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“Soul Sherpa (R) is a patient healthcare advocacy, life care planning, and educational company, founded in 1990.”
Lisa Berry Blackstock, based in the Los Angeles area, is engaged nationally as a patient healthcare advocate, life care planner, and mentor to her peers. Lisa's mission is to assist her clients with information and autonomy when it comes to healthcare issues, preventive as well as presenting. She is a published author, workshop presenter/speaker, and hands-on patient advocate. Over 26 years of experience dealing with physicians, hospitals, medical insurance, and estate planning has resulted in Lisa's wealth of knowledge assisting individuals with successful strategies when navigating our healthcare system and remaining as financially and emotionally protected as possible. Understanding the emotional and practical needs of patients and their loved ones has resulted in a successful brand, Soul Sherpa (R) whose goal is to add to the quality of life and well-being of all clients, despite the physical and emotional health challenges everyone is forced to face at some point in life. Whether one's concerns are proactive or the need to address a healthcare issue already presented, Lisa is an experienced patient advocate in all realms involving physician care, medication management, safe hospital discharge, medical insurance policy and billing issues, maintaining quality of life, and, in the event of a terminal diagnosis, a certified palliative care specialist and grief and bereavement counselor.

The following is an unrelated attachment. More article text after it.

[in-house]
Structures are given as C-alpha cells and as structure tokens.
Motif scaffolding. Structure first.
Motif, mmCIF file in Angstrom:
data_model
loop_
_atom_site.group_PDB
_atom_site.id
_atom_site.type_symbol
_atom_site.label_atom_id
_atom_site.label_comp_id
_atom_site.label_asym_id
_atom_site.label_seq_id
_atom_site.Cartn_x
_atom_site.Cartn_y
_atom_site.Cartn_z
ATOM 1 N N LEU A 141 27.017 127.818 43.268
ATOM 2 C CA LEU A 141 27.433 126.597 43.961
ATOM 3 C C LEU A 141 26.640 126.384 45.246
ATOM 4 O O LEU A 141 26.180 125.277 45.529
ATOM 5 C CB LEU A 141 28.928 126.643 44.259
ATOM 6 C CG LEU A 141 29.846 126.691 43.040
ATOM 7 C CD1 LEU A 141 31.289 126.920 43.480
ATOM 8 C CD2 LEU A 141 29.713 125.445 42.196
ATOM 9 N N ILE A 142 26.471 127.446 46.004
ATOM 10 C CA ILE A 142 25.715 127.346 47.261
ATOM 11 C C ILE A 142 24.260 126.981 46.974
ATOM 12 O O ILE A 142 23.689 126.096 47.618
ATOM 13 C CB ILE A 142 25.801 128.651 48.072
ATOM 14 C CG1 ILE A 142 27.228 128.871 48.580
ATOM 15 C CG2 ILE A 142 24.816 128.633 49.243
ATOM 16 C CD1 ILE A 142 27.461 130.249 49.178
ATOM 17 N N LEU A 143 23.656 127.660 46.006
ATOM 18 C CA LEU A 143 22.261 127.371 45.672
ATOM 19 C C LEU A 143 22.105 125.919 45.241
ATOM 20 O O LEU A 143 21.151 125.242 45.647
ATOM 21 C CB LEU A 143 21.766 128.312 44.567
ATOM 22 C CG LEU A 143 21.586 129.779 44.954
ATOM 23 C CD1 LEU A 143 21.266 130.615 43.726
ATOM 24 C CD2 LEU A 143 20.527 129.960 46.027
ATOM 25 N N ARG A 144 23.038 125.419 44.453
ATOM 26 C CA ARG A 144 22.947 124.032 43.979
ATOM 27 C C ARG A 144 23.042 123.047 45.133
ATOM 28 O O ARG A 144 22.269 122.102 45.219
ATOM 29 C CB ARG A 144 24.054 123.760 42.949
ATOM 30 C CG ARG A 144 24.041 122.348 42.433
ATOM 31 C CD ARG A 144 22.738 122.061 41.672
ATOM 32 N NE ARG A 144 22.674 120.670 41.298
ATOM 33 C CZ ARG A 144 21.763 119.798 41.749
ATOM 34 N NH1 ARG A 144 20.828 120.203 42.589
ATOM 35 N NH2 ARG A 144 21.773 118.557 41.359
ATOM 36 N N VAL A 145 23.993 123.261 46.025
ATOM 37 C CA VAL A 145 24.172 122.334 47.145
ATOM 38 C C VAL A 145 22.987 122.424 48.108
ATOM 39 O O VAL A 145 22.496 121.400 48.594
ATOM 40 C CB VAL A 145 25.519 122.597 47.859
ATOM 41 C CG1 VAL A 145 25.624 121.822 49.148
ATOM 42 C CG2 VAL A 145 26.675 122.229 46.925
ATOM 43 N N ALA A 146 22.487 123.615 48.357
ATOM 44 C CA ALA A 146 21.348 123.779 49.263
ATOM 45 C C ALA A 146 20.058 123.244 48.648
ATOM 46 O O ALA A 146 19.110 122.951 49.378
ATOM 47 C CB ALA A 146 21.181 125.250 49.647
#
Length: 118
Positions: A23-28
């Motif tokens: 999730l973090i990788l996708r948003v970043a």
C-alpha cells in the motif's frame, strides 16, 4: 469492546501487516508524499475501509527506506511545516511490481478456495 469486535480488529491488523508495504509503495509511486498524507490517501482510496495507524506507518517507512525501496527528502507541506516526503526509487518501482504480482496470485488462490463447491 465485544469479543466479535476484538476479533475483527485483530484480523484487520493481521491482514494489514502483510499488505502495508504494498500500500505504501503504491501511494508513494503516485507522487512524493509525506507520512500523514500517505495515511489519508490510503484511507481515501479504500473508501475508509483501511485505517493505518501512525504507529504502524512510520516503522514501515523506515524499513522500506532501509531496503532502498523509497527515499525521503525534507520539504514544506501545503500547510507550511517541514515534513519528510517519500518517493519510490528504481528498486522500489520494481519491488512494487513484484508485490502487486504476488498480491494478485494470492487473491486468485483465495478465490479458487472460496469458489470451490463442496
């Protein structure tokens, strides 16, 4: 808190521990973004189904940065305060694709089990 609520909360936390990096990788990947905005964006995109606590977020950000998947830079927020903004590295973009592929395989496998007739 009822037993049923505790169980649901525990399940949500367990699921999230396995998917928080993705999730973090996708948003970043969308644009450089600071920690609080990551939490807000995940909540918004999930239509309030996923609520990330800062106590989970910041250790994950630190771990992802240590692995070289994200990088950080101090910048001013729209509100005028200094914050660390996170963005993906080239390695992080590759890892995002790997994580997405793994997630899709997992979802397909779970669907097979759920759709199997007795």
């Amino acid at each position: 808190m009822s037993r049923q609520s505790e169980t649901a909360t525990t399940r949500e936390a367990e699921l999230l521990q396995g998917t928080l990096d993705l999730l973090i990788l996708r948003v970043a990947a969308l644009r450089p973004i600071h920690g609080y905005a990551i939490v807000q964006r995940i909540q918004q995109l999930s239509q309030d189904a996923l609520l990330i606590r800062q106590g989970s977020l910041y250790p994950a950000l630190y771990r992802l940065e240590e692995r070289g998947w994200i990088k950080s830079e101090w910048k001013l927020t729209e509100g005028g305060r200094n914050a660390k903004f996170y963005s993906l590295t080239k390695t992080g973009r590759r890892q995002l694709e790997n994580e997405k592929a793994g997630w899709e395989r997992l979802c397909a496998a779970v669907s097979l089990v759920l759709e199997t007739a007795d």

Soul Sherpa (R) does not provide medical, legal, financial, or insurance advice that is intended to replace the recommendations of physicians, attorneys, financial advisers, or insurance brokers. Soul Sherpa (R) provides information intended to assist individuals with sound and comprehensive evaluation and management of professional advice previously provided or not provided in depth. After consulting with Soul Sherpa (R) responsibility for any decision made lies with each individual, who agrees to indemnify and hold harmless Lisa Berry Blackstock, founder and owner of Soul Sherpa (R.)
Assuming the dermatologist accepts Medicare and your AARP supplement as payment in full (this is called